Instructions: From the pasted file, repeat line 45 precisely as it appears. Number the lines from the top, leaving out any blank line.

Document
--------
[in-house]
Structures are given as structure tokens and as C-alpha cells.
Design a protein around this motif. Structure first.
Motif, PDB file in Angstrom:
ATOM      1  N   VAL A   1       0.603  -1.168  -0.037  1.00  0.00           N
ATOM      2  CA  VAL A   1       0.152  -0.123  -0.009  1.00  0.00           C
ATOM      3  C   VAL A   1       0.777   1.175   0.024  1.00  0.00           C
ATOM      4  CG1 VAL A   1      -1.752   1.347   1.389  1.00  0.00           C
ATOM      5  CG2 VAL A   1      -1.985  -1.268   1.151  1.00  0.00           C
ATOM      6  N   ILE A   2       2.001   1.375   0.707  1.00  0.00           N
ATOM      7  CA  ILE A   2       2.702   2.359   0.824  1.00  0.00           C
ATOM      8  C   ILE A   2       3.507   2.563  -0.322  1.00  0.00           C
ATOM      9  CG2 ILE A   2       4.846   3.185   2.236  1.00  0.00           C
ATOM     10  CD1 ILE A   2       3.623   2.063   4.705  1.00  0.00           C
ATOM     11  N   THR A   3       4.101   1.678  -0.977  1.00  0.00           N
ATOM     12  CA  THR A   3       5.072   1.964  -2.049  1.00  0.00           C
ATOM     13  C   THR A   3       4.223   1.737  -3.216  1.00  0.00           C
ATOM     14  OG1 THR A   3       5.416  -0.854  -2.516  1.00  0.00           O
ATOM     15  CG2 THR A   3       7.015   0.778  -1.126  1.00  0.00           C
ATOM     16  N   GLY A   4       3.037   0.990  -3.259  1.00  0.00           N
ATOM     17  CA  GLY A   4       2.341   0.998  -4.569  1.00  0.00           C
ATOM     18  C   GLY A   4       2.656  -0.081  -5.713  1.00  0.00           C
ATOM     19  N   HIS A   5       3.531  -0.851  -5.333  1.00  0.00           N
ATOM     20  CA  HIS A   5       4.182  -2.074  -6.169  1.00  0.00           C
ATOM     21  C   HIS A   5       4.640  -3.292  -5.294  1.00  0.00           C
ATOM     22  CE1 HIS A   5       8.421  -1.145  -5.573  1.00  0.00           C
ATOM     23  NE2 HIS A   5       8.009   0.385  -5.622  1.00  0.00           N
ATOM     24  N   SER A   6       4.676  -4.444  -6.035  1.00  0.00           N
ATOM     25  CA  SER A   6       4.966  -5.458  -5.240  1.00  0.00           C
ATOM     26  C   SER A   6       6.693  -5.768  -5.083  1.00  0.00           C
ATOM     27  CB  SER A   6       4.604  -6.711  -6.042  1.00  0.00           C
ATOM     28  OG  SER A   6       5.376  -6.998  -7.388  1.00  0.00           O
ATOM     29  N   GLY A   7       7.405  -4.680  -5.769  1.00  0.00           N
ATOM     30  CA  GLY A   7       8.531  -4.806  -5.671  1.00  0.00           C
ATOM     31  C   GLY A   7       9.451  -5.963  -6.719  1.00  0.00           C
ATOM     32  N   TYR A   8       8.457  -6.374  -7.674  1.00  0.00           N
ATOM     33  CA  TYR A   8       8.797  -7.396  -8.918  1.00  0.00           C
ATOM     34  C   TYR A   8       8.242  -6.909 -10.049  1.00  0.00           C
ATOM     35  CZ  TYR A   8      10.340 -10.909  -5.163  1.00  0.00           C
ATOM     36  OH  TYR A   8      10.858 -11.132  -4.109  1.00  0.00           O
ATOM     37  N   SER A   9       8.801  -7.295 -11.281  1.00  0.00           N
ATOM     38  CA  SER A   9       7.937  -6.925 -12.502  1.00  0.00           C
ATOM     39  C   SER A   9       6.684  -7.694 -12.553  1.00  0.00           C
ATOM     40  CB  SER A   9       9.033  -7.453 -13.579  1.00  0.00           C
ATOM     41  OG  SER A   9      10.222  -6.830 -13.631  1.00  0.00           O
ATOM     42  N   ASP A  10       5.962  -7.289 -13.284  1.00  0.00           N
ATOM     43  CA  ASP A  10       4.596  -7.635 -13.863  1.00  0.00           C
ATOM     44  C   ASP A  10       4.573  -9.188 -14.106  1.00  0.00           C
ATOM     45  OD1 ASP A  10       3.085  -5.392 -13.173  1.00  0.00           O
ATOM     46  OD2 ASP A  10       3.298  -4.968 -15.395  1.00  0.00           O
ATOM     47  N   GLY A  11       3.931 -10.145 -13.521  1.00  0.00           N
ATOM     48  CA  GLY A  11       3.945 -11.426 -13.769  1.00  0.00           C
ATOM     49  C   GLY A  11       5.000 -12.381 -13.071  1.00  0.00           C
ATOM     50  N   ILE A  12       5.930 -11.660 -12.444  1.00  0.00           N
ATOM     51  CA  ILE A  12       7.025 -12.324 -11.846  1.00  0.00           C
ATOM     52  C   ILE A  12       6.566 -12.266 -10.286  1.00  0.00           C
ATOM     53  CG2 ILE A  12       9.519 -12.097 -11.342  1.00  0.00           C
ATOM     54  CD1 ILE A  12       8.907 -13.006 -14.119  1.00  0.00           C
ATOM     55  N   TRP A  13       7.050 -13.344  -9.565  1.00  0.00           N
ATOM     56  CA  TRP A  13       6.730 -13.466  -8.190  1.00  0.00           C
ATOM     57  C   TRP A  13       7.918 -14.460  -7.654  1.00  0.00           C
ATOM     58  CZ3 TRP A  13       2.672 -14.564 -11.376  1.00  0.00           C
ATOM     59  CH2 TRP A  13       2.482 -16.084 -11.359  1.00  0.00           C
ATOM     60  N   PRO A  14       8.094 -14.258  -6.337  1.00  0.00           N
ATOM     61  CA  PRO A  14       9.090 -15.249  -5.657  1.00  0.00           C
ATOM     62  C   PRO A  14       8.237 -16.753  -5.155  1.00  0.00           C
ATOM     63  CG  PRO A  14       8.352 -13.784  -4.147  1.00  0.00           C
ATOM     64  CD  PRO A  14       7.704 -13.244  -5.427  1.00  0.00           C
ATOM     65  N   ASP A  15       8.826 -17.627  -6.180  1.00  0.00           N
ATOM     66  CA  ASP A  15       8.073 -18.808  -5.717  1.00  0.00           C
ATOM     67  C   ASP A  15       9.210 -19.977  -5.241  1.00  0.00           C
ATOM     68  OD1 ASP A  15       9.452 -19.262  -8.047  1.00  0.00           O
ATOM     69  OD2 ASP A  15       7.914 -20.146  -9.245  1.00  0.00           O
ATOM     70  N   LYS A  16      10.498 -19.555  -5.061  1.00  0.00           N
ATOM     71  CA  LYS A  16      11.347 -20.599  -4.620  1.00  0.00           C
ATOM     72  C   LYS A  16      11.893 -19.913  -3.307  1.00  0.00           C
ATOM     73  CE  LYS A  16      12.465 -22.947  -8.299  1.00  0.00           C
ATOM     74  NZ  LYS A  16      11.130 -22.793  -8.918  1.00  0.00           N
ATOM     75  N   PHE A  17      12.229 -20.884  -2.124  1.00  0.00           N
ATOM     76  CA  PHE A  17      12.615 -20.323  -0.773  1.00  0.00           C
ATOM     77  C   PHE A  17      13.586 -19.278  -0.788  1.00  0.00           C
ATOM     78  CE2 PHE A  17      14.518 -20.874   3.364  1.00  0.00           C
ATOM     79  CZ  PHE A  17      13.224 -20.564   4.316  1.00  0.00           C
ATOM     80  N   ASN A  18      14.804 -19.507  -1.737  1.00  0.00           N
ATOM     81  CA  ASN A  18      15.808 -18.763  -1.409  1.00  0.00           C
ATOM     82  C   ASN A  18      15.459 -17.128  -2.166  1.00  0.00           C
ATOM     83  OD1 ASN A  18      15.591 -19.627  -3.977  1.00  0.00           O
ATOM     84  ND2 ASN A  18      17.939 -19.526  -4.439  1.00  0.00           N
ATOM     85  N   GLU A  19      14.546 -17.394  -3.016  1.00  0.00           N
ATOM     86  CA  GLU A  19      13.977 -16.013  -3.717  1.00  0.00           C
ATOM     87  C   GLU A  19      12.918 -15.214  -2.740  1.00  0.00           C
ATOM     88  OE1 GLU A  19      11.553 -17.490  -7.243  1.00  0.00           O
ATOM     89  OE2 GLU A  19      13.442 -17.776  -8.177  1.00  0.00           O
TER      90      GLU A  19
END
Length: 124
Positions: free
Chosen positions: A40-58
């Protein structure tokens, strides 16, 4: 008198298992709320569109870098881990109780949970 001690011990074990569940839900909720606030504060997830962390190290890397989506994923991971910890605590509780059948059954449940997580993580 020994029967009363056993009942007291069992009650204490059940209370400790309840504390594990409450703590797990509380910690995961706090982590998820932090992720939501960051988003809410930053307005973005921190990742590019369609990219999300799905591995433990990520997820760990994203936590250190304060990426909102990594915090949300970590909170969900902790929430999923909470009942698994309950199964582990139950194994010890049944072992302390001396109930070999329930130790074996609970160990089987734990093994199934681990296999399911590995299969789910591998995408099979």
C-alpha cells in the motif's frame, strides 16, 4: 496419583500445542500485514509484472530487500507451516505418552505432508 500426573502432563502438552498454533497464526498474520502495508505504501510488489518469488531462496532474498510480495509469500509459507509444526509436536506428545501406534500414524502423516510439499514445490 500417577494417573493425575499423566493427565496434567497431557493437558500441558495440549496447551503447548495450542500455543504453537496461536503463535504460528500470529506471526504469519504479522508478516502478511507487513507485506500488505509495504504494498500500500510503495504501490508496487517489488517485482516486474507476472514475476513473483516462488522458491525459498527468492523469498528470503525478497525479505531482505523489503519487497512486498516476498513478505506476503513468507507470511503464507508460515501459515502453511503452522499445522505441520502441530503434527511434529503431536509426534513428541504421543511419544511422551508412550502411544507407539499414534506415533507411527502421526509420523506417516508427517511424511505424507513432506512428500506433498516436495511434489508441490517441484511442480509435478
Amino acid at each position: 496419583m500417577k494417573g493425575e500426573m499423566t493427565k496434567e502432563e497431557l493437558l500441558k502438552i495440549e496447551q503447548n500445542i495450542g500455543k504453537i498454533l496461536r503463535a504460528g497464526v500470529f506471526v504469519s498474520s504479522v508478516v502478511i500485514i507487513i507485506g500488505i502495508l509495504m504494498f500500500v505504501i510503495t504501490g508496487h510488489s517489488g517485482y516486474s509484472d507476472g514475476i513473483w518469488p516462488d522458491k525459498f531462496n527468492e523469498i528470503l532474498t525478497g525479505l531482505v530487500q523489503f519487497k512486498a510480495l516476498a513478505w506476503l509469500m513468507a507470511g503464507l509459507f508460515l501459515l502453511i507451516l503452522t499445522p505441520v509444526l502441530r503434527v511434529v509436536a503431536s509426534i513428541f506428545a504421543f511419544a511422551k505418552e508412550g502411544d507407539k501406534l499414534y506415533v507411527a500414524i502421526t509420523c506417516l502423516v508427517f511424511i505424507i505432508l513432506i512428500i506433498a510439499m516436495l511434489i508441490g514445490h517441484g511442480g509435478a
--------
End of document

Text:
ATOM     41  OG  SER A   9      10.222  -6.830 -13.631  1.00  0.00           O